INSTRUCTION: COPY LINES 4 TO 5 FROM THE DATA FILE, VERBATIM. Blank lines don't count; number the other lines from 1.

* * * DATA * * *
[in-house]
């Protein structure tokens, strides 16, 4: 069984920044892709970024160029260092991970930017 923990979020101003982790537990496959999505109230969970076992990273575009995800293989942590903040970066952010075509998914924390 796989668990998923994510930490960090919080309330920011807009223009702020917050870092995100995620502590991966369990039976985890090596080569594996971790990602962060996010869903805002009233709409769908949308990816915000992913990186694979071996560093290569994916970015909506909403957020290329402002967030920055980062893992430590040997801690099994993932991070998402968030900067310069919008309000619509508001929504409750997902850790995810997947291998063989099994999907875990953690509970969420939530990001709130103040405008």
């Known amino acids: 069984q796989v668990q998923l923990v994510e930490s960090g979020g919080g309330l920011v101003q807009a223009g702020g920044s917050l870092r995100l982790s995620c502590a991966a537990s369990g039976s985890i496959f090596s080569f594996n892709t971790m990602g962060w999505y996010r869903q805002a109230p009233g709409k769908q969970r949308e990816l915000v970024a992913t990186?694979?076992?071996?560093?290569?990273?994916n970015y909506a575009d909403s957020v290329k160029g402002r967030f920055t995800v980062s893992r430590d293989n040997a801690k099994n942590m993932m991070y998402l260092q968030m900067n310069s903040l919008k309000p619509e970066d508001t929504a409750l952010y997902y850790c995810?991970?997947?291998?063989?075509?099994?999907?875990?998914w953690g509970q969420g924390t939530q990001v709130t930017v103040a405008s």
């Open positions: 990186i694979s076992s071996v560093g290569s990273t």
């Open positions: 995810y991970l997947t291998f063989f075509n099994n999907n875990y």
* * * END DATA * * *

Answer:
């Open positions: 990186i694979s076992s071996v560093g290569s990273t």
């Open positions: 995810y991970l997947t291998f063989f075509n099994n999907n875990y």